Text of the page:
A Congressman Goes to DEF CON

A mohawked man at DEF CON 19 in 2011. Used under Creative Commons.

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A mohawked man at DEF CON 19 in 2011. Used under Creative Commons.

Amid the fun and fanfare of the world’s largest hacking conference, the cyber-political battles of the future are taking shape.

LAS VEGAS, Nev. — At some point last weekend, Rep. Will Hurd, R-Texas, woke up, shut off his phone, and made his way through the smoky, noisy, blinking floor of Bally’s Casino to meet with a few of the world’s hacking elite.

Turning off your phone, or at very least putting it on a secure private network, is a necessity at the annual DEF CON conference.

“It’s wise to consider the public network at DEF CON profoundly hostile! You’ll want to take some precautions,” reads a typical warning sent to the media who cover the event. If your data isn’t locked down, your phone number or email address might wind up on the conference’s public shaming board, the so-called Wall of Sheep — and everywhere else.

Every year, the event draws thousands of attendees who pay in cash so their names don’t appear on rolls anywhere. Many show up in costumes and kilts, and just about everyone seems to have tattoos. Anyone in a suit is wearing it ironically. A fair number of the conference-goers have mohawks, and if you don’t have one when you arrive, you can easily find someone on the conference floor with set of clippers. Among the more popular activities this year: hacking a Tesla Model S to win $10,000 per bug (sponsored by Tesla.) And there’s a perennial favorite, “Spot the Fed.”

DEF CON attracts more than a few colorful characters, such as cybersecurity rockstar, international fugitive, and accused murderer John McAfee. Defense One found McAfee taking pictures with fans, at 1 a.m., on the roof of a strip club. He had spent the early part of the week in a Tennessee jail cell for driving while intoxicated…and armed.

What is Will Hurd, Republican Congressman from Texas, doing here?

“The best way to defend digital networks is to have an attacker’s mentality,” Hurd told Defense One.

Hurd, who spent nearly a decade as an undercover CIA operative in places like Afghanistan, doesn’t freak out easily. And he’s adopted that attacker’s mentality at various points in his life. But more than other members of Congress, he has a few things in common with the crowd at DEF CON. For one thing, he ran a cybersecurity firm for four years. Naturally, he’s made cybersecurity a cornerstone of his legislative efforts.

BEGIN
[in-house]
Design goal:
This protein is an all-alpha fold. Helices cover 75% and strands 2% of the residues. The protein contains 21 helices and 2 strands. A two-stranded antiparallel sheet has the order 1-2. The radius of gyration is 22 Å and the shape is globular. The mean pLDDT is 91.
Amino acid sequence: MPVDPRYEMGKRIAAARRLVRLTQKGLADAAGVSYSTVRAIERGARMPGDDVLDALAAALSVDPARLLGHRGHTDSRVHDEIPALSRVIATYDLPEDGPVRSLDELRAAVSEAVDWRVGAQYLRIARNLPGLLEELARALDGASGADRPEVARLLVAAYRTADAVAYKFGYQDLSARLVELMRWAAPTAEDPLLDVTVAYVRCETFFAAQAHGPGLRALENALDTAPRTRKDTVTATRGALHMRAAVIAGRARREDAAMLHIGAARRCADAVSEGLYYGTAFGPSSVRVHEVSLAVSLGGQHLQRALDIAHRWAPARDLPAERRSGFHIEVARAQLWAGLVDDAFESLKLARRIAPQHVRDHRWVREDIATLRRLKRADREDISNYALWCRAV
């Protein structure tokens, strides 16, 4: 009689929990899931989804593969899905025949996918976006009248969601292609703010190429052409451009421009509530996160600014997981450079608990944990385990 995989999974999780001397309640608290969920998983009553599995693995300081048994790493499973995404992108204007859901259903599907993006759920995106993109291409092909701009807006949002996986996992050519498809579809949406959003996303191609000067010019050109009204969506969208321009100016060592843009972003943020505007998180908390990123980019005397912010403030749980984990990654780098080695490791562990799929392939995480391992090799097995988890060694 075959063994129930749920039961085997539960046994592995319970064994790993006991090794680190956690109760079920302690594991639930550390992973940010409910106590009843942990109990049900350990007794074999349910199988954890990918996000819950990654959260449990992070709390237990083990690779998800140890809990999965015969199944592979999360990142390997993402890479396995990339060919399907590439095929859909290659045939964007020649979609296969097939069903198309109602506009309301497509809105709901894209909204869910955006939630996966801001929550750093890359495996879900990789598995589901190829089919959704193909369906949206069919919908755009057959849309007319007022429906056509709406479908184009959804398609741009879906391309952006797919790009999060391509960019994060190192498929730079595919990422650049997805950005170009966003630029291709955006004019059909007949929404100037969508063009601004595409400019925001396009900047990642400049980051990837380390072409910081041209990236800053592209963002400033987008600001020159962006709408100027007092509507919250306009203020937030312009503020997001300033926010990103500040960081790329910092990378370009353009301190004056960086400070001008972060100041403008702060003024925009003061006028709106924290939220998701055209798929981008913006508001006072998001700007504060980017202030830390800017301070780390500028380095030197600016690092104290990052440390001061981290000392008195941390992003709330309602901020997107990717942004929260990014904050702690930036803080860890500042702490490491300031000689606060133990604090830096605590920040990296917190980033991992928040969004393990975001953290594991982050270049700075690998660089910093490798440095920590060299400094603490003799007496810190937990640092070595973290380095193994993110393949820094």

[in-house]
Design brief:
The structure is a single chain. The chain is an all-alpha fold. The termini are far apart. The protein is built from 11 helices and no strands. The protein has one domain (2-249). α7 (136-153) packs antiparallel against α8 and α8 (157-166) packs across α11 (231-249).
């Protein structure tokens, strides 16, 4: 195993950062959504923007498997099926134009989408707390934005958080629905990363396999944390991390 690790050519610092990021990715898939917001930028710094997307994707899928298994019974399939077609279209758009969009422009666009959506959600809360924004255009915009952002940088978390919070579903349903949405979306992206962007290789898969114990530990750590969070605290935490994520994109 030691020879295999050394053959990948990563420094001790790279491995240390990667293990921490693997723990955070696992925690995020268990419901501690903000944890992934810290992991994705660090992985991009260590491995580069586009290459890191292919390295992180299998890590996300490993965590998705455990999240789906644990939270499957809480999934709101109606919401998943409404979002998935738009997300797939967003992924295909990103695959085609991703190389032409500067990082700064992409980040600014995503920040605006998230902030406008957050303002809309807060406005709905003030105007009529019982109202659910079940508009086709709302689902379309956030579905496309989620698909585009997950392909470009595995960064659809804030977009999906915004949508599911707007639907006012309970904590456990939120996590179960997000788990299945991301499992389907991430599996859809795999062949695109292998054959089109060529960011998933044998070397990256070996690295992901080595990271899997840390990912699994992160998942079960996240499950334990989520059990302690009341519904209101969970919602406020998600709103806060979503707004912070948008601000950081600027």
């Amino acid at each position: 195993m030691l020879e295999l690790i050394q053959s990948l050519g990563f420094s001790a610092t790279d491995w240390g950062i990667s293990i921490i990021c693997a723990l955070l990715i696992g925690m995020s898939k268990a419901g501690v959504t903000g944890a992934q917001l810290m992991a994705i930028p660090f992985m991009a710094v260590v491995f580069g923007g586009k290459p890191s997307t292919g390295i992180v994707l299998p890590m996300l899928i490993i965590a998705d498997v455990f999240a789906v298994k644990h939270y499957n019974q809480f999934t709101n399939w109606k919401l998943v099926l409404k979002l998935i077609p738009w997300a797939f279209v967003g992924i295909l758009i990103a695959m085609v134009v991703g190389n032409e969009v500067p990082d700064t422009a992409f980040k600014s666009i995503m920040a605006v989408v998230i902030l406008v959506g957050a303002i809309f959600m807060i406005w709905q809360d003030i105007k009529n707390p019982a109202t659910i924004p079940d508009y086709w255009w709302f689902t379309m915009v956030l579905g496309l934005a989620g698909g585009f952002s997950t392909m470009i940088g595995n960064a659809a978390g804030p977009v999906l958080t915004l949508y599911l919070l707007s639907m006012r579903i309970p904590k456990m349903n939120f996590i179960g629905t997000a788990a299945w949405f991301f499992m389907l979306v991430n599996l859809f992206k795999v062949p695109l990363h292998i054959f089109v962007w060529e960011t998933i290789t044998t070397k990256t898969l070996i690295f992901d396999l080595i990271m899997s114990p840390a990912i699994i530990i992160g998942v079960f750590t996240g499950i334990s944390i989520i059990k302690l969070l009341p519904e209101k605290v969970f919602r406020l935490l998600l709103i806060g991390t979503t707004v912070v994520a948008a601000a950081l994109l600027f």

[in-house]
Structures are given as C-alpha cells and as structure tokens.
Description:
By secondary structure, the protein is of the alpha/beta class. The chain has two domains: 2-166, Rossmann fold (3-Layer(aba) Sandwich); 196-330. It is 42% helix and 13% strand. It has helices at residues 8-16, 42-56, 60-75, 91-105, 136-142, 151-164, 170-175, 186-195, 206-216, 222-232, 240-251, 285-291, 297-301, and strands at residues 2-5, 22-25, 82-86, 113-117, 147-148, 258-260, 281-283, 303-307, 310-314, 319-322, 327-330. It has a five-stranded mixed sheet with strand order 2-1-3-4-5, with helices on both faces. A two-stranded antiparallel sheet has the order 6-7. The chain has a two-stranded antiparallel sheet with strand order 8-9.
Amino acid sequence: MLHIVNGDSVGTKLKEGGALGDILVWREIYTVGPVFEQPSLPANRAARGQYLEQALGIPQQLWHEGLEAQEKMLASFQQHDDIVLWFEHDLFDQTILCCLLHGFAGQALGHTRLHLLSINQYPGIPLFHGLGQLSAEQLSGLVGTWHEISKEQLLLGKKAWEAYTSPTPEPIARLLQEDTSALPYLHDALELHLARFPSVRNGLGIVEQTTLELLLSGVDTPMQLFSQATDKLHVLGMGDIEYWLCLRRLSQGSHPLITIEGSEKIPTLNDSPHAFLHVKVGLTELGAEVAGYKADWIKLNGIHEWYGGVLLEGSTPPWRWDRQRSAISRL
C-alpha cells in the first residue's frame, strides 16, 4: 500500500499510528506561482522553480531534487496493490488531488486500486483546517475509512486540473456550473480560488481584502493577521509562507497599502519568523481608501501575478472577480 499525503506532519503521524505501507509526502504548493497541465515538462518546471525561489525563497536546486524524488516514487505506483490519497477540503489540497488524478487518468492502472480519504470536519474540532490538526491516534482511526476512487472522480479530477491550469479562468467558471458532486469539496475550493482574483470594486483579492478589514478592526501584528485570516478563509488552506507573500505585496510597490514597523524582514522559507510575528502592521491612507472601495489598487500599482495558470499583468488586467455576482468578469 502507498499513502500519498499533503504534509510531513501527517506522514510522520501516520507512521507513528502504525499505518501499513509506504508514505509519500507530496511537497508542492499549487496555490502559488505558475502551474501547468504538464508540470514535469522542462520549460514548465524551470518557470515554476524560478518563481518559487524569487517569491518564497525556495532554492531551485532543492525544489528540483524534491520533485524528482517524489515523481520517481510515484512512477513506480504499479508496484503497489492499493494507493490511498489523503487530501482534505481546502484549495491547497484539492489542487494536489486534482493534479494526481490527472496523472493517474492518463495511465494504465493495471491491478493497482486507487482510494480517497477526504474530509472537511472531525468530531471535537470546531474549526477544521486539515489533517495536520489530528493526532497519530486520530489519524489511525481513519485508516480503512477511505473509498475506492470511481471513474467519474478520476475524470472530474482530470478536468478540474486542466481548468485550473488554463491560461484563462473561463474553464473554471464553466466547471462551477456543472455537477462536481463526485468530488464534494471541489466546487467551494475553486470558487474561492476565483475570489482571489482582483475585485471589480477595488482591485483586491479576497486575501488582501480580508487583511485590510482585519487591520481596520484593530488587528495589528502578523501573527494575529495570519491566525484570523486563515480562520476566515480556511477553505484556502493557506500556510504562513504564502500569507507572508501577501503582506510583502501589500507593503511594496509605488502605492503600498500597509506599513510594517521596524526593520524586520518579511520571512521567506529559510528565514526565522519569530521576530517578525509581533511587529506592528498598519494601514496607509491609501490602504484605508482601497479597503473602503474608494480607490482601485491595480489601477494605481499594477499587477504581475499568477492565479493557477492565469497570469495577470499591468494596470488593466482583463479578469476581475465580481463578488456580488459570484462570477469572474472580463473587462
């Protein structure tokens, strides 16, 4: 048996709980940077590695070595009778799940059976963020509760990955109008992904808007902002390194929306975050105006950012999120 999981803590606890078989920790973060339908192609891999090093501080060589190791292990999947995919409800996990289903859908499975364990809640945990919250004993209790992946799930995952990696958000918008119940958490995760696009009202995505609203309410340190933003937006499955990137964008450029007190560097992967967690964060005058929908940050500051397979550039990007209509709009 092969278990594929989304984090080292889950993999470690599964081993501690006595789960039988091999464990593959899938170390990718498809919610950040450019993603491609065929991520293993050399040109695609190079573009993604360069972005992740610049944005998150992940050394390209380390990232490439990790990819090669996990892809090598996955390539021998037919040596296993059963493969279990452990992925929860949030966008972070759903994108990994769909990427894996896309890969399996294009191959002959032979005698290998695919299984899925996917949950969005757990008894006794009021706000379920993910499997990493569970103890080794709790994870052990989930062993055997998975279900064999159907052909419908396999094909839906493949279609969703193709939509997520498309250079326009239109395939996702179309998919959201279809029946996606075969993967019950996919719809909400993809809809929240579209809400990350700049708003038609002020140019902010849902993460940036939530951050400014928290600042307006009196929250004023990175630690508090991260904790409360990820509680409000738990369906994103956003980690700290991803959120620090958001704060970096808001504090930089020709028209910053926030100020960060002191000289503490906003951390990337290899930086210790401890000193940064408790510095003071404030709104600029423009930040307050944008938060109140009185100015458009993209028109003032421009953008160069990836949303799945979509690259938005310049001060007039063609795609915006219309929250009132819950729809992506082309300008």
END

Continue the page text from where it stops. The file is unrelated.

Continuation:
Most noticeably, he offered three amendments to the National Cybersecurity Protection Advancement Act, or NCPA, of 2015, a bill aimed at giving corporations liability protections to share threat data (possibly related to private user data) to stop cyberattacks. The most significant of Hurd’s amendments dealt with allocating “DHS cybersecurity resources that large firms currently enjoy” to smaller firms, of the sort you might find at conferences like DEF CON. He came away from his conversations at the conference with a sense of “how to strengthen that. Put some meat on those bones,” he said.

His most recent bill, the Einstein Act of 2015, allows the Department of Homeland Security to more widely deploy the Einstein 3A cybersecurity solution, which was used to diagnose the OPM hack. This allows “classified information to act as a first line of defense against cyber espionage,” according to a statement from Hurd’s Office. He’s framed the legislation as critical to defending both civilian and military information. “Our adversaries are attempting to steal military secrets and valuable information on a daily, if not hourly basis. It’s bad enough when any person’s private information is stolen and used for identify theft, but imagine the grave impact of the theft of information belonging to those who are tasked with protecting America’s most sensitive information,” he said.

Hurd has broken with GOP leadership on such issues as the importance of secure, end-to-end user encryption, a position that puts him on the side of the hacker community and companies like Google, and opposed to Senate Majority Leader Mitch McConnell, R-Ky., Sen. John McCain, R-Ariz., and FBI Director James Comey.

And he says that sort of independence earned him a warm welcome at the conference.